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NLRB Declines to Revisit Employee Use of Company Email Systems . . .

Under current National Labor Relations Board (NLRB) law, employees do not have a statutory right to use their employers’ email systems for union organizing or for other purposes. Email systems remain employer property for now, as the Board, in Purple Communications, Inc., 361 NLRB No. 43 (2014), declined the NLRB’s General Counsel’s invitation to overrule Register Guard, 351 NLRB 1110 (2007), enfd. in relevant part and remanded sub nom. Guard Publishing v. NLRB, 571 F.3d 53 (D.C. Cir. 2009). But, in continuation of a troubling trend, the Board in Purple found yet another employer work rule—a “no disruption” rule—to be unlawful, resulting in an employer’s election victory being overturned and a new election being ordered.

NLRB Sidesteps Register-Guard; Still Orders New Elections in Purple Communications

Late last week, the NLRB issued its highly anticipated decision in Purple Communications, 21-CA-095151, which many NLRB observers believed would re-visit whether or not employers may prohibit their employees from using company equipment, especially e-mail, for non-business purposes. The Board saved that issue for another day, but its ruling still provides important lessons to employers.

Labor Board Declines to Overrule Favorable Union Beck Notice Precedent

A union fulfilled its “Beck” notice obligations to a new employee even though it failed to disclose the “reduced fees and dues” for which the employee would be responsible by refusing to become a member under a union security clause at the same time it first informed the employee of his obligations under the clause, the National Labor Relations Board has ruled. United Food & Commercial Workers Local 700, 361 NLRB No. 39 (Sept. 10, 2014). In a 3-2 decision, the Board dismissed the NLRB General Counsel’s complaint against the union.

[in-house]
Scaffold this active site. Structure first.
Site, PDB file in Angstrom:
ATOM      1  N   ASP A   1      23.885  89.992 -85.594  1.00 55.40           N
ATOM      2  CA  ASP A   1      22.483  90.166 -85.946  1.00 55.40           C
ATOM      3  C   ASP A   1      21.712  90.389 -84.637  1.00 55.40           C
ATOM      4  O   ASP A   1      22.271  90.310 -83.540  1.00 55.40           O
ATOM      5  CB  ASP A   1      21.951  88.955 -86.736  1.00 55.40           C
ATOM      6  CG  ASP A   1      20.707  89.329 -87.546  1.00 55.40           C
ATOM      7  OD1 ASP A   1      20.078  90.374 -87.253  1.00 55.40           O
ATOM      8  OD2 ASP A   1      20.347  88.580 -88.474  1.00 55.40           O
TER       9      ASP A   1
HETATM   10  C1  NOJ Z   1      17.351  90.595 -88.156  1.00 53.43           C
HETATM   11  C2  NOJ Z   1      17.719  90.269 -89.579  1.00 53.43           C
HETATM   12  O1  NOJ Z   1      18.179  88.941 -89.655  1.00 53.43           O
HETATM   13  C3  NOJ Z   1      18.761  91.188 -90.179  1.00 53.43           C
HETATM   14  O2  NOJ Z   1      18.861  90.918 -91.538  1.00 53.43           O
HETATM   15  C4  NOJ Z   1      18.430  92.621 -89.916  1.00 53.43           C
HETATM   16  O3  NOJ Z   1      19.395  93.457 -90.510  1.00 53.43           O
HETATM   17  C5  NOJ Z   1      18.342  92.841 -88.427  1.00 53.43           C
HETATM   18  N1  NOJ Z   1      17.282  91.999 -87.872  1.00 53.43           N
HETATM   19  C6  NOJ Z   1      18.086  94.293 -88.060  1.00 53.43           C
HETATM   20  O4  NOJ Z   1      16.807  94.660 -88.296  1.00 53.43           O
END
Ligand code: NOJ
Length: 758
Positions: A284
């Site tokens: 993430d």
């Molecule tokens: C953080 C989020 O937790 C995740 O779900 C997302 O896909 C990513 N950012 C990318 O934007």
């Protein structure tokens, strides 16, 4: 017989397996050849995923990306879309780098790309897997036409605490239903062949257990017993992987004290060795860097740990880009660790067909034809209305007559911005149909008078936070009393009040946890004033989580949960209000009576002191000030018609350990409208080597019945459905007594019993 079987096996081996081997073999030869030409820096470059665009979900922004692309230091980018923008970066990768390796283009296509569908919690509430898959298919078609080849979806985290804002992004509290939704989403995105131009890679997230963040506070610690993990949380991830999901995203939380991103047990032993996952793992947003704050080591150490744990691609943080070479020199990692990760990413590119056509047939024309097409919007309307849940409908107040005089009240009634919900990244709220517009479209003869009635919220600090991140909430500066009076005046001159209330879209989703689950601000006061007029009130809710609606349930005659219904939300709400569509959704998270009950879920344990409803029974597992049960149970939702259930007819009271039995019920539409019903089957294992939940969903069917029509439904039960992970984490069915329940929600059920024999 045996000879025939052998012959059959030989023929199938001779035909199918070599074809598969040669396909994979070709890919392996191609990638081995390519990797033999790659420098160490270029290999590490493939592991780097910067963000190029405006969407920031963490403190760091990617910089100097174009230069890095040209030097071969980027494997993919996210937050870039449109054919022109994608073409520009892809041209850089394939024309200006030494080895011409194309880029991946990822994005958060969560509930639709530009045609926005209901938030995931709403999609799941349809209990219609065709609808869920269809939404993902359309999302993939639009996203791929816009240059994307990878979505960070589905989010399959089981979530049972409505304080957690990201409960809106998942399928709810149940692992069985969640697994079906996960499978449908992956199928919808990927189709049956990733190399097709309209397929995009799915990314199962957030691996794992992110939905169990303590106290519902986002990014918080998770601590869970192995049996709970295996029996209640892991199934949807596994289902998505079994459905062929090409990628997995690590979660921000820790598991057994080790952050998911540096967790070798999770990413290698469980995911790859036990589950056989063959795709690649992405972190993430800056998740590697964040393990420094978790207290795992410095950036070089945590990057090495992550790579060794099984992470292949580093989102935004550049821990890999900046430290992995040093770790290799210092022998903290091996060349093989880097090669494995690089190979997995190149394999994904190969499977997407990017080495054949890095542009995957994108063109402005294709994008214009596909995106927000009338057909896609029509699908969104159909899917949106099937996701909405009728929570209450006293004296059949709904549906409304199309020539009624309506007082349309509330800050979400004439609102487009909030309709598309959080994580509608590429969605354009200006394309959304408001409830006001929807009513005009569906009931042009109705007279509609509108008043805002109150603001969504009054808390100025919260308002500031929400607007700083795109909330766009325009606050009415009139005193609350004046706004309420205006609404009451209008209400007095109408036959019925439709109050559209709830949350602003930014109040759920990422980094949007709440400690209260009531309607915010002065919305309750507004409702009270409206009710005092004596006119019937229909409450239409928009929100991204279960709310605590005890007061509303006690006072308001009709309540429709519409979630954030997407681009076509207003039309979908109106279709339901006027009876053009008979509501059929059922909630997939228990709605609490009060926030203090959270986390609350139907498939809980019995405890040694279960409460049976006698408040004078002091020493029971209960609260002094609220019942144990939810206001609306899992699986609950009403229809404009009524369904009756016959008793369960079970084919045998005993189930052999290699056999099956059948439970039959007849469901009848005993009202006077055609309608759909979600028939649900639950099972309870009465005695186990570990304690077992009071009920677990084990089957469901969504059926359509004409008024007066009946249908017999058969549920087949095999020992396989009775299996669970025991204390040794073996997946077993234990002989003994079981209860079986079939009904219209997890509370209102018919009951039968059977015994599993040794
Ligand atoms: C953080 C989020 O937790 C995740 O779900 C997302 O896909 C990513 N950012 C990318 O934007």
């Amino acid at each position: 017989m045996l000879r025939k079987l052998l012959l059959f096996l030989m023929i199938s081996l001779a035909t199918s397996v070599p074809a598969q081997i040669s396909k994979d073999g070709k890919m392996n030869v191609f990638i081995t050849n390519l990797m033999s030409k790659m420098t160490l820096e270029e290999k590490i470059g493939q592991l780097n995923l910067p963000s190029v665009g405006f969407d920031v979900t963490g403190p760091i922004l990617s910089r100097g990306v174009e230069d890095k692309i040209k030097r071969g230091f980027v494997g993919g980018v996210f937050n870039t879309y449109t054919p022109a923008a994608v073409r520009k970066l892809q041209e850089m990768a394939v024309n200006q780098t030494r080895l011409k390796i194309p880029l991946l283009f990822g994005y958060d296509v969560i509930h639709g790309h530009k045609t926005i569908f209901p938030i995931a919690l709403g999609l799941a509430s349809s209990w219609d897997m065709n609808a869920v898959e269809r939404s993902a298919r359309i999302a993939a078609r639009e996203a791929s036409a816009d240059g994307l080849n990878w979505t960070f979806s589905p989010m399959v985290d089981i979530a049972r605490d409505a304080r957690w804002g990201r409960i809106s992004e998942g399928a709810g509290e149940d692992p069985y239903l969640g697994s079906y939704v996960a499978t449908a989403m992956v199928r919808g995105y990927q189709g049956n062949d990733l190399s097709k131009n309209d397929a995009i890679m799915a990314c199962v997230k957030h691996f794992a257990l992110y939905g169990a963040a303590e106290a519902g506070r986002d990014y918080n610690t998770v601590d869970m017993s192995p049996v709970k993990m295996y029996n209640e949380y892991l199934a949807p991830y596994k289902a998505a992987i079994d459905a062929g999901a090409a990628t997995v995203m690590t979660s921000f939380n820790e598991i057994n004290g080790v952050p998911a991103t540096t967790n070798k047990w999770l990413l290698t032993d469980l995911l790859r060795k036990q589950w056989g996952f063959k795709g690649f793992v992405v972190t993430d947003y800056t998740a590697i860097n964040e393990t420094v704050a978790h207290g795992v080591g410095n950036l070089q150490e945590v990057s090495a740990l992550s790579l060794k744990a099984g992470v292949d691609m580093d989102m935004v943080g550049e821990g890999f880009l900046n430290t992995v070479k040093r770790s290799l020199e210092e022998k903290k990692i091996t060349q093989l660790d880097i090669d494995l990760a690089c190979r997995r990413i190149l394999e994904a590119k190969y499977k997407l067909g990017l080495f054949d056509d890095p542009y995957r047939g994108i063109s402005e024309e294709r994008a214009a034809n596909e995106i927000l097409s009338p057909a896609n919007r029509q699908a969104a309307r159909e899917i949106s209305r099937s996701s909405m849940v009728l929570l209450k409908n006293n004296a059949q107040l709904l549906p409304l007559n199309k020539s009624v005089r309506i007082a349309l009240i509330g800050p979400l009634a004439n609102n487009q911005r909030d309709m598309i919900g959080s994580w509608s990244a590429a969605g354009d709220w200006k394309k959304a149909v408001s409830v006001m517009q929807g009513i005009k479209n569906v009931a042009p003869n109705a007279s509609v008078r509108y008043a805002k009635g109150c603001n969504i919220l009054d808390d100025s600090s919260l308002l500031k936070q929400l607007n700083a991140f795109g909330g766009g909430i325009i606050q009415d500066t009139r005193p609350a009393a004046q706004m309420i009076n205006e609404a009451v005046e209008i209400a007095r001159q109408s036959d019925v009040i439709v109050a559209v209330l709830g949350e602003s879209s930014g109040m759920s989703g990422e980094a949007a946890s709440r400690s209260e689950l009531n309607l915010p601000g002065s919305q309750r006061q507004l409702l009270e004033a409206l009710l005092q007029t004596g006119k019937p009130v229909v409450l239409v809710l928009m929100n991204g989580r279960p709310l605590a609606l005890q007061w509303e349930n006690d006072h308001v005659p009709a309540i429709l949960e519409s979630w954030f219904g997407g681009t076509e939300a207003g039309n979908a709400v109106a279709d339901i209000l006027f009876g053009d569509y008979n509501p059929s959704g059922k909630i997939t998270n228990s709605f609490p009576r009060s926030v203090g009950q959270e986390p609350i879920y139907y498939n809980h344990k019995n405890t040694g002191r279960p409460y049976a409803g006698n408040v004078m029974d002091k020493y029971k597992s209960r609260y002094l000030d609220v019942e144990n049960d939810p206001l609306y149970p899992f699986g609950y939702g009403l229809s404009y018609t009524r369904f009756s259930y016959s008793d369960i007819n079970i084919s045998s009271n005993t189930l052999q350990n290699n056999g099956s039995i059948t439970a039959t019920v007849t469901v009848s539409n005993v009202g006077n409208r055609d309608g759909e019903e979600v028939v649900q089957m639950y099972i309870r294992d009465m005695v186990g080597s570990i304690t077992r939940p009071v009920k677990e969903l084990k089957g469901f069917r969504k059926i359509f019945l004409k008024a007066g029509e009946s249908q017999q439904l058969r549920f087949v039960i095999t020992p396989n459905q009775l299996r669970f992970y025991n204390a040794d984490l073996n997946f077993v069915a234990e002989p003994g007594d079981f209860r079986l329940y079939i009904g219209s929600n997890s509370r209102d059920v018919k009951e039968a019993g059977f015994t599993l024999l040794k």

Back To Basics: A Divided Seventh Circuit Upholds Indiana’s “Right To Work” Law

In 2012, Indiana enacted the “Indiana Right to Work Act”, prohibiting unions from requiring an individual, as a condition of employment, to 1) become or remain a member of a labor organization; 2) pay dues, fees, assessments, or other charges of any kind or amount to a labor organization; or 3) pay to a charity or third party an amount equivalent to or a pro-rate part of dues, fees, assessments or other charges required of members of a labor organization. Indiana thus became one of 24 states with some version of a right to work law on the books.

Senators Introduce NLRB Reform Act to Reduce Partisanship at the Board

On September 16, 2014, Senate Republican Leader Mitch McConnell (R-KY) and Senator Lamar Alexander (R-TN) introduced the National Labor Relations Board Reform Act. In a press release, Sen. McConnell said, “it’s past time to restore the NLRB to its proper role as umpire, instead of advocate for the Right or Left.” Co-sponsor Alexander said, “The board is too partisan, swinging from one side to the other with each new administration . . . It's time for the board to restore stability to our nation's workplaces, with nonpartisan decisions made more quickly, assisted by a neutral general counsel.”